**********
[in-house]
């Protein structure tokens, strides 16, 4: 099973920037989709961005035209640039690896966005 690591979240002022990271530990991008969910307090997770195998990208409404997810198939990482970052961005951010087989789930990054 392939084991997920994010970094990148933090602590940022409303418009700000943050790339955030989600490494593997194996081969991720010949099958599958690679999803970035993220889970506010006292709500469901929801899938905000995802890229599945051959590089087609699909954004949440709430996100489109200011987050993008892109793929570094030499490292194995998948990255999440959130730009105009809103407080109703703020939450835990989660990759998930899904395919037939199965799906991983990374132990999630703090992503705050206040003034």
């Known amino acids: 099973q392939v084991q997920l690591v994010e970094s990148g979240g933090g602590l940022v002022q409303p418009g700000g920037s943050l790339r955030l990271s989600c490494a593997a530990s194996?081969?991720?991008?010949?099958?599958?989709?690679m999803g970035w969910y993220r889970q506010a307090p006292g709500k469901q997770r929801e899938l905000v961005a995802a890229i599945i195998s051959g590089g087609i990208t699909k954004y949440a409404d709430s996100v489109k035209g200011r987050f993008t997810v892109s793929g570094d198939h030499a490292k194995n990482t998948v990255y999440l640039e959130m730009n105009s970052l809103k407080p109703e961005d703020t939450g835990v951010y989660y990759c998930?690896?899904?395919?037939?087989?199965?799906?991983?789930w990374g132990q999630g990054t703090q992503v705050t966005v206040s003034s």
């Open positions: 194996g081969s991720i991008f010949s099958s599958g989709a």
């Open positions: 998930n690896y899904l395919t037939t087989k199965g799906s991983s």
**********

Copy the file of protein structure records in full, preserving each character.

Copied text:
[in-house]
């Protein structure tokens, strides 16, 4: 099973920037989709961005035209640039690896966005 690591979240002022990271530990991008969910307090997770195998990208409404997810198939990482970052961005951010087989789930990054 392939084991997920994010970094990148933090602590940022409303418009700000943050790339955030989600490494593997194996081969991720010949099958599958690679999803970035993220889970506010006292709500469901929801899938905000995802890229599945051959590089087609699909954004949440709430996100489109200011987050993008892109793929570094030499490292194995998948990255999440959130730009105009809103407080109703703020939450835990989660990759998930899904395919037939199965799906991983990374132990999630703090992503705050206040003034």
């Known amino acids: 099973q392939v084991q997920l690591v994010e970094s990148g979240g933090g602590l940022v002022q409303p418009g700000g920037s943050l790339r955030l990271s989600c490494a593997a530990s194996?081969?991720?991008?010949?099958?599958?989709?690679m999803g970035w969910y993220r889970q506010a307090p006292g709500k469901q997770r929801e899938l905000v961005a995802a890229i599945i195998s051959g590089g087609i990208t699909k954004y949440a409404d709430s996100v489109k035209g200011r987050f993008t997810v892109s793929g570094d198939h030499a490292k194995n990482t998948v990255y999440l640039e959130m730009n105009s970052l809103k407080p109703e961005d703020t939450g835990v951010y989660y990759c998930?690896?899904?395919?037939?087989?199965?799906?991983?789930w990374g132990q999630g990054t703090q992503v705050t966005v206040s003034s």
């Open positions: 194996g081969s991720i991008f010949s099958s599958g989709a």
């Open positions: 998930n690896y899904l395919t037939t087989k199965g799906s991983s």